When someone from this community dies, a high Lama (priest) scrutinizes the deceased’s zodiac sign, astrologically juxtaposing it against five Tibetan Buddhist elements—the earth, water, fire, air, and the space—and determines the method for the departed’s funeral.

If the high Lamas decide to go for a sky burial, the funeral ceremony begins, accompanied by the beat of drums, cymbals, and dung chen (a Tibetan long-pipe horn). After the rites, the body is handed over to the monks assigned to behead the body, dismember the corpse, and hack it to pieces. The severed head gets buried, and the chopped-up pieces are moved to an elevated site to feed the vultures.

Curiously, the commotion lures vultures from great distances to assemble at the site and swarm at the chopped body tissues, jostling each other to grab their choicest piece. By performing this rite, the sacred vultures, an emanation of wisdom deities, transport the deceased’s soul to heaven—so believe the local folks.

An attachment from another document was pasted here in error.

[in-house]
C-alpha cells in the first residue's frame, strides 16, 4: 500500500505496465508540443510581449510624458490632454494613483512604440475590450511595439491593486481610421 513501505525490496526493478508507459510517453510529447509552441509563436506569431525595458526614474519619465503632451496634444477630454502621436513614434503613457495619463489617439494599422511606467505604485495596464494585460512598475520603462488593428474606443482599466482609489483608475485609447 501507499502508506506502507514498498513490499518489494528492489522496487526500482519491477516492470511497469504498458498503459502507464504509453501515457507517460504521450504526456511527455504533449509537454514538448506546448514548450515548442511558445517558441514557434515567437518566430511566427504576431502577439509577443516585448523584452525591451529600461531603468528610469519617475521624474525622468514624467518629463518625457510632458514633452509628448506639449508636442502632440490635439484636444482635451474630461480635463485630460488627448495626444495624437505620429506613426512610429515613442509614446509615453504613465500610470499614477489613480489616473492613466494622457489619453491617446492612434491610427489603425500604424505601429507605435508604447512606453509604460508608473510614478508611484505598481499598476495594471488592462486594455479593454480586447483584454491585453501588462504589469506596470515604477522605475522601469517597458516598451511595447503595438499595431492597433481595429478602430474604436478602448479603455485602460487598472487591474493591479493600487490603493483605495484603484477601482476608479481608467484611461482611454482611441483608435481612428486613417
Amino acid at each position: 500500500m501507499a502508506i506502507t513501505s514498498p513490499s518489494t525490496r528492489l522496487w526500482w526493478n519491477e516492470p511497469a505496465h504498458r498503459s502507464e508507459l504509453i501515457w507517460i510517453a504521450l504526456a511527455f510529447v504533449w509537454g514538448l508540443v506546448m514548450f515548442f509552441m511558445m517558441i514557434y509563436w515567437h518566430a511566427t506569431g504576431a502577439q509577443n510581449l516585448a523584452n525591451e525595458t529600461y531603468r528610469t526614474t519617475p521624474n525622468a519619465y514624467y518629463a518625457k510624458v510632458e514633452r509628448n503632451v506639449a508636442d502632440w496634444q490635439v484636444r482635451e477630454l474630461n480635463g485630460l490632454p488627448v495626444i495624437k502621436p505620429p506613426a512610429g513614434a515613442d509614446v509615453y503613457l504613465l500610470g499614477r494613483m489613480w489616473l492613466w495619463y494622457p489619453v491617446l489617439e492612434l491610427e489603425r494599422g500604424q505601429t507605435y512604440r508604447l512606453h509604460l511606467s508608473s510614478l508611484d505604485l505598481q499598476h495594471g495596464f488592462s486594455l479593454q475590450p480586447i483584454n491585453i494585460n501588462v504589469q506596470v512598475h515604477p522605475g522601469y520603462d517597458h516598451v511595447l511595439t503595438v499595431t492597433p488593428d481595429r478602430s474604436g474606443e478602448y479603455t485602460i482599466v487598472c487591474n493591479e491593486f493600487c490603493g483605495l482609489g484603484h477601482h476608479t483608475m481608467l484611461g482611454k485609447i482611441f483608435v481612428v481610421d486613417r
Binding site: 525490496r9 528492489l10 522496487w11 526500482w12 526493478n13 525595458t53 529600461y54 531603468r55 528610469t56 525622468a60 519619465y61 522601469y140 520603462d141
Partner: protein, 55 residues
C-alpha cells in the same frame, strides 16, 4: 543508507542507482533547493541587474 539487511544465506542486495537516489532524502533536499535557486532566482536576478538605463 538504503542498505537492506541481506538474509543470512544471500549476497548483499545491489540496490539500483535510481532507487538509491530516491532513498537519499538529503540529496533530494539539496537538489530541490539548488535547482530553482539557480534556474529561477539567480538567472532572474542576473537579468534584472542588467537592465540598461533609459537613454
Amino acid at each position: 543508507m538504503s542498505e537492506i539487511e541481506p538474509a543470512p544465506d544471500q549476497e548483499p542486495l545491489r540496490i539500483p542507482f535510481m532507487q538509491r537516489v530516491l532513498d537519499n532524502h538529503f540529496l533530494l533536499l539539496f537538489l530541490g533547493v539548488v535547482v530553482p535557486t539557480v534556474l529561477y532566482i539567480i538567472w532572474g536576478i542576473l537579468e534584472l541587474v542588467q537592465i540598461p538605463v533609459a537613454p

Strange as it may sound, the vultures do not feed on the meat if the deceased were a sinner. The sky burial rite is nothing less than gruesome but a stark reality founded on Tibetan spiritual values.

“Based on Buddhist tenets and values, the philosophy behind the sky burial ritual is insightful and profoundly spiritual. When you die, your spirit leaves your body, leaving behind nothing but a mass of flesh and bones. If your worthless body can serve as a source of sustenance to another living being, it’s good karma to a noble cause,” said Wangchhen Lowa.

A dull boom of a gong, punctuated by the sharp clang of cymbals and the haunting wail of a long pipe horn, sounded from a nearby monastery as Wangchhen Lowa rounded up on the eerie account of Lo Manthang’s sky burial.

Complete Article HERE!

What Happens When You Die?

— Hospice Workers Share Conversations With Patients as They Near the End of Their Life

By Lyssa Goldberg

Talking about mortality can definitely be a frightening subject. But for some people, like those who work in hospice, discussing what happens when you die may feel like a more natural conversation to have. 

So, what does it feel like to be days from death? And what happens to you when you die? While some of these questions may never be answered, we spoke to several hospice care professionals across the U.S. to find out what they’ve learned from their patients in their final days as they prepared to make a transition from life to death.